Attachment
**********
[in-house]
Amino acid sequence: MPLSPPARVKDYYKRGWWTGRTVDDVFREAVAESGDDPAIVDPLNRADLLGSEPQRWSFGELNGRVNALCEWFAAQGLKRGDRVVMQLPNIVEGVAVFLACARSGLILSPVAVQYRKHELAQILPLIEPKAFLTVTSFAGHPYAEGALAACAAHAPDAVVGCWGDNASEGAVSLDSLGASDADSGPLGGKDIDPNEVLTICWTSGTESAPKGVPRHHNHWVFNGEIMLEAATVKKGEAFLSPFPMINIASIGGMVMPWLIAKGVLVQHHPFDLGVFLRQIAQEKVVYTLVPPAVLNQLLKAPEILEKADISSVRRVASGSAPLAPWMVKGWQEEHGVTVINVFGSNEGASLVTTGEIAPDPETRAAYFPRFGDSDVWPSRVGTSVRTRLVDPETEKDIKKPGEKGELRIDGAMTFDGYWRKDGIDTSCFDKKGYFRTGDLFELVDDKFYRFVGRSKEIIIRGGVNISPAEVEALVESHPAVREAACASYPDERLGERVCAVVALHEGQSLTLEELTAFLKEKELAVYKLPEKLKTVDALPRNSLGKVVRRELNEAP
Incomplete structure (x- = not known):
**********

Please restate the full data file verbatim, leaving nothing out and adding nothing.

[in-house]
Amino acid sequence: MPLSPPARVKDYYKRGWWTGRTVDDVFREAVAESGDDPAIVDPLNRADLLGSEPQRWSFGELNGRVNALCEWFAAQGLKRGDRVVMQLPNIVEGVAVFLACARSGLILSPVAVQYRKHELAQILPLIEPKAFLTVTSFAGHPYAEGALAACAAHAPDAVVGCWGDNASEGAVSLDSLGASDADSGPLGGKDIDPNEVLTICWTSGTESAPKGVPRHHNHWVFNGEIMLEAATVKKGEAFLSPFPMINIASIGGMVMPWLIAKGVLVQHHPFDLGVFLRQIAQEKVVYTLVPPAVLNQLLKAPEILEKADISSVRRVASGSAPLAPWMVKGWQEEHGVTVINVFGSNEGASLVTTGEIAPDPETRAAYFPRFGDSDVWPSRVGTSVRTRLVDPETEKDIKKPGEKGELRIDGAMTFDGYWRKDGIDTSCFDKKGYFRTGDLFELVDDKFYRFVGRSKEIIIRGGVNISPAEVEALVESHPAVREAACASYPDERLGERVCAVVALHEGQSLTLEELTAFLKEKELAVYKLPEKLKTVDALPRNSLGKVVRRELNEAP
Incomplete structure (x- = not known):